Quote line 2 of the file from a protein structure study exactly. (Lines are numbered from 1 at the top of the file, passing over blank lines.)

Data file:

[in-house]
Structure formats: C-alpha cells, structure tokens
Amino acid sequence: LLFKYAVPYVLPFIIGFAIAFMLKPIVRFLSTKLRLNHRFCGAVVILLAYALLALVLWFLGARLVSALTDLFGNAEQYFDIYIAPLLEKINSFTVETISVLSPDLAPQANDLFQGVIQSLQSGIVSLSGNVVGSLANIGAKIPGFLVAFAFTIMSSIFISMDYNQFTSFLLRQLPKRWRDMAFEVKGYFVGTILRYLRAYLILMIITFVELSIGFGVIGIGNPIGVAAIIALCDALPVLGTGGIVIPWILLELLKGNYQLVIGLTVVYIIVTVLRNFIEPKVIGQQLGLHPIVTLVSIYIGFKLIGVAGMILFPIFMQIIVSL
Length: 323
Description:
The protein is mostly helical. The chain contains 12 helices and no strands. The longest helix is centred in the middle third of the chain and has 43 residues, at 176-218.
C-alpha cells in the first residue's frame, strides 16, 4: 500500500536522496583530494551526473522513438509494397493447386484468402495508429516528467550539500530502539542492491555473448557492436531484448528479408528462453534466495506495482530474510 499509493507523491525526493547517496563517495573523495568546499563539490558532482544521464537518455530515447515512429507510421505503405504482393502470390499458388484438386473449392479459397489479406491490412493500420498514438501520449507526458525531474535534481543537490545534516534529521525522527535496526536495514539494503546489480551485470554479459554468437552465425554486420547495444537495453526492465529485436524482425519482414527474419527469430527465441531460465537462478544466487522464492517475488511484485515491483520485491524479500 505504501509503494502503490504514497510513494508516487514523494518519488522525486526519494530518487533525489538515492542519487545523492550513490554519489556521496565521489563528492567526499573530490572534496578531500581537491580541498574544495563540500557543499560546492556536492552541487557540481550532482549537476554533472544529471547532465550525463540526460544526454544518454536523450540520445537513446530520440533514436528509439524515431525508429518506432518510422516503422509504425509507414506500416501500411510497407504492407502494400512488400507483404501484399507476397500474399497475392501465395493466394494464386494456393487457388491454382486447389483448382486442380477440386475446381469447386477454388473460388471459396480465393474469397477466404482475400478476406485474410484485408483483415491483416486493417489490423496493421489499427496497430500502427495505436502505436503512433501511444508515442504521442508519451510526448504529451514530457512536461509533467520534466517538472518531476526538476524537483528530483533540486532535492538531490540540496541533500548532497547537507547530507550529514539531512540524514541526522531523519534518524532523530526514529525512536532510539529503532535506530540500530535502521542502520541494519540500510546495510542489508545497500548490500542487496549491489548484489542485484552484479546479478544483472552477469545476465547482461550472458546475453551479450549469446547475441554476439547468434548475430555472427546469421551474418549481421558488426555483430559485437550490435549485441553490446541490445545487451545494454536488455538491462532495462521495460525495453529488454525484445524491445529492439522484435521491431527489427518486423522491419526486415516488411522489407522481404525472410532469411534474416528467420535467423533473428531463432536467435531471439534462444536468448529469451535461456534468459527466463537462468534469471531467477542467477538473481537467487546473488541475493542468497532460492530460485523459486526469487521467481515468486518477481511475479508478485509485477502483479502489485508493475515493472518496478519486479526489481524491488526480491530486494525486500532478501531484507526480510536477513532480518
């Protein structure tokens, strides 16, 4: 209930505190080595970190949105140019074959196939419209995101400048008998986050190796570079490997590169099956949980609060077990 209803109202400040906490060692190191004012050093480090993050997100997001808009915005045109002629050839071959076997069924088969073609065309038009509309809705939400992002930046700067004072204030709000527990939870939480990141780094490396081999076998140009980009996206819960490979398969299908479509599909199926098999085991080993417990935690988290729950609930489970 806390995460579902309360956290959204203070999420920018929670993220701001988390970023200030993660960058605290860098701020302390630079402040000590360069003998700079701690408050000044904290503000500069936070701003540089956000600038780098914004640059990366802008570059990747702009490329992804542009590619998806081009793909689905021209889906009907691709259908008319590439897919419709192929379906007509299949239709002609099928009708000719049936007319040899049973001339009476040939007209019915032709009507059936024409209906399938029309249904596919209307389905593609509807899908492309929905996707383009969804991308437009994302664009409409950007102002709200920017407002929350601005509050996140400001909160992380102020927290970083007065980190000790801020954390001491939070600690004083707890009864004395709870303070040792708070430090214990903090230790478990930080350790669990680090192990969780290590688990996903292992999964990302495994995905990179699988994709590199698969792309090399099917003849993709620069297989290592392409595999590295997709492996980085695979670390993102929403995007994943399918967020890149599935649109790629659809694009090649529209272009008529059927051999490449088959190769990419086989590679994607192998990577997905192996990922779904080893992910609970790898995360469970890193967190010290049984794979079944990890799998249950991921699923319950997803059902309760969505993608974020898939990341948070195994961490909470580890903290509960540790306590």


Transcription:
Structure formats: C-alpha cells, structure tokens